A beautiful red-veined green leaf amaranth for salad and cooking. Leaf backs are all red, adding unique color to salad. A heat tolerant spinach substitute that is popular in Asia and Latin America. Also good cooked or pickled. A few years ago I tasted a kimchi made from amaranth leaf and it was very good! This type of amaranth is sometimes called Callaloo in the Caribbean where it is used to make a popular dish of the same name. We brought this variety back from the abyss in 2006 after it was lost commercially in 1999. Not a grain variety as it has black seeds.


  • Oeschberg Amaranth

    Amaranth, Oeschberg (Organic)

    $3.00$36.00
    Amaranthus cruentus. Flower. 70 days.

    Oeschberg is an amazing deep purple-red amaranth that is darker than Love Lies Bleeding, but with an upright growth habit. Seed heads are very highly branched and hold their color longer than other varieties, making it great for flower arrangements. Plants are a bit short for an upright amaranth at 4′ tall, which is great in the garden as they won’t shade out everything else. Leaves and seeds are edible. Leaves are good for a heat resistant salad green when young, red color develops early. May self-seed. Flowering amaranths can be succession-sown until the end of July for late- season flower production.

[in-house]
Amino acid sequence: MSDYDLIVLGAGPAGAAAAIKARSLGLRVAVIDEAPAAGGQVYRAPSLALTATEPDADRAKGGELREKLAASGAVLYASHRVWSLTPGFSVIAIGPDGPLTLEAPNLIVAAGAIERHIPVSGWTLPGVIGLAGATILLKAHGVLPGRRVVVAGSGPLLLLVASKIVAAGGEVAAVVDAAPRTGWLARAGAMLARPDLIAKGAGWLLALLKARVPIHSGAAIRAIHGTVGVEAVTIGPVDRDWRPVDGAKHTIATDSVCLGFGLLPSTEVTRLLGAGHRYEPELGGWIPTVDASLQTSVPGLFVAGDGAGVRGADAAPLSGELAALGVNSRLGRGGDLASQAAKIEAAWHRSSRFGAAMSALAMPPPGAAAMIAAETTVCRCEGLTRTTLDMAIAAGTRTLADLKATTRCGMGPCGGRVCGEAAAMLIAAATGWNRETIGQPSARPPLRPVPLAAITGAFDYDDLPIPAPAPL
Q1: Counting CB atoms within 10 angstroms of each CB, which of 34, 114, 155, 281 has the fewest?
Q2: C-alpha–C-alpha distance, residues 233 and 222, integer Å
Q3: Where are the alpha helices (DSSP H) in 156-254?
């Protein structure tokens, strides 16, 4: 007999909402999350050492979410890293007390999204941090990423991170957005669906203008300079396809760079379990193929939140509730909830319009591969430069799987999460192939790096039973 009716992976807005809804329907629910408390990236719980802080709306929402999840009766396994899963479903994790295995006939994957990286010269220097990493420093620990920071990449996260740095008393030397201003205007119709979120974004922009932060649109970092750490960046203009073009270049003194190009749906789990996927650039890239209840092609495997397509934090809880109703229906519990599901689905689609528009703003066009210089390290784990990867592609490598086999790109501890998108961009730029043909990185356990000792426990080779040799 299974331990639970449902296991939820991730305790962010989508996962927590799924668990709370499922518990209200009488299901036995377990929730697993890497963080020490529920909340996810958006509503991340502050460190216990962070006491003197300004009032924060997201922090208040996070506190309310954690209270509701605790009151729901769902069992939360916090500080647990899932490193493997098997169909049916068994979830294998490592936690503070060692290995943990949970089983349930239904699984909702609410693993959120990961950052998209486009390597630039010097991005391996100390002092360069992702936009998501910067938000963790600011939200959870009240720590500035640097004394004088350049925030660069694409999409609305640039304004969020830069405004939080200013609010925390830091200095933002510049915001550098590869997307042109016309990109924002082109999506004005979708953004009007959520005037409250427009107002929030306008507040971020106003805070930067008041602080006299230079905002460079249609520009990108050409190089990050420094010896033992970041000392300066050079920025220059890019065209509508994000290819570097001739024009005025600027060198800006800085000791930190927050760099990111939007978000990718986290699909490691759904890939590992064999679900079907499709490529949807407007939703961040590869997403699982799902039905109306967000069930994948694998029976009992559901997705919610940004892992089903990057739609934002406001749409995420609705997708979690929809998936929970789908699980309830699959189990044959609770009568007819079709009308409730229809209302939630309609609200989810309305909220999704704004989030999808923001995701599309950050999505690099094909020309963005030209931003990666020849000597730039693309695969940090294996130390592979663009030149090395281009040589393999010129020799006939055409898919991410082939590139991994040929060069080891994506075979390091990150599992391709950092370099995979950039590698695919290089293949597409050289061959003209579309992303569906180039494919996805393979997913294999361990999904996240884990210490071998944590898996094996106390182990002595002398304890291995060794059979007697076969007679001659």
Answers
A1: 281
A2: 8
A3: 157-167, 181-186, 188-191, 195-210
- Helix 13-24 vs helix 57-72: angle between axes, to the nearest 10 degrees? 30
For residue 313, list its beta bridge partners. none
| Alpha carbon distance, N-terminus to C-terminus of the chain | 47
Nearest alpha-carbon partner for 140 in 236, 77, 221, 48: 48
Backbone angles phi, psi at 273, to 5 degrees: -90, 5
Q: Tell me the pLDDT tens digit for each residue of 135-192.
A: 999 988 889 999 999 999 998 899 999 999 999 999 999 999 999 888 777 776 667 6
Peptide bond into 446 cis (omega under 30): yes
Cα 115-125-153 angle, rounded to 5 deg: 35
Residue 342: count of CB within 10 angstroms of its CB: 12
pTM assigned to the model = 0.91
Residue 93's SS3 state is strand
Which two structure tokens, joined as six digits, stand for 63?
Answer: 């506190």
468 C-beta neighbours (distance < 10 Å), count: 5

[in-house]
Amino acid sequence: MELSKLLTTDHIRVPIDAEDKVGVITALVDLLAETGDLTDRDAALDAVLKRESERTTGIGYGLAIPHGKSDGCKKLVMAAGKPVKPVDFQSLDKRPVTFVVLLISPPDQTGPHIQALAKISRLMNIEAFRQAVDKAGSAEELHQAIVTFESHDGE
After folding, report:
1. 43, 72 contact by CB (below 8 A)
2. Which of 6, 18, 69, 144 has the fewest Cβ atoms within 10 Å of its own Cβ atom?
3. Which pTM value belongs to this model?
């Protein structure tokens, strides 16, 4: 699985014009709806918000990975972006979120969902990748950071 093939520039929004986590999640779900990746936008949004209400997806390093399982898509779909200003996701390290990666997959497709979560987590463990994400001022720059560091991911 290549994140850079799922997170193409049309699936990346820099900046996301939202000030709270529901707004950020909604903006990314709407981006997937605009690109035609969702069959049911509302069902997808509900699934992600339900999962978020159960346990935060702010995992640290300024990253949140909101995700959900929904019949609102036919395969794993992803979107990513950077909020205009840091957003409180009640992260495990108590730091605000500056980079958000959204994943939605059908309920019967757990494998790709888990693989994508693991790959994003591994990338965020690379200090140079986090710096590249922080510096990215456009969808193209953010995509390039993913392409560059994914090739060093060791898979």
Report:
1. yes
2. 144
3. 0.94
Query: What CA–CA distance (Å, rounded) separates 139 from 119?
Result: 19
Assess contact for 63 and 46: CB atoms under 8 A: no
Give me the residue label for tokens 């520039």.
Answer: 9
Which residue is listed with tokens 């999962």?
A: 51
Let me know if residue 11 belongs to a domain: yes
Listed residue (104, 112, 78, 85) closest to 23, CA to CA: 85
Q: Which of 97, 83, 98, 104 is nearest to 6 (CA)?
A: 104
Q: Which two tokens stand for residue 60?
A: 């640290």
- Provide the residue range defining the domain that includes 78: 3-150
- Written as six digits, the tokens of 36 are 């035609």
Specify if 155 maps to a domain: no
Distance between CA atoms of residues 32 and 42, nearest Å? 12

• Amaranth, Sunset Goldilocks (Organic)

    Amaranth, Sunset Goldilocks (Organic)

    $3.00$60.00
    Amaranthus sp. Grain. 45 days leaf; 90 grain.

    Stocky plants grow 4-5′ tall for us, producing mostly light-gold heads packed with tiny blond seeds. Occasional bi- colored magenta plants are very beautiful and would be worth growing as an ornamental crop. Very early for a grain amaranth. Leaves can also be eaten raw when young or cooked like spinach when more mature. After plants are cut at the base for seed harvest, we have seen new leaves re-sprout, producing even more food! Overall a really great variety. We received it as a variable mix called Sunset Dwarf from Bountiful Gardens, grown at Golden Rule Garden. We re-selected heavily to eliminate any tall red plants and named it Goldilocks, since it has golden locks, and is not too tall and not too short. Enjoy!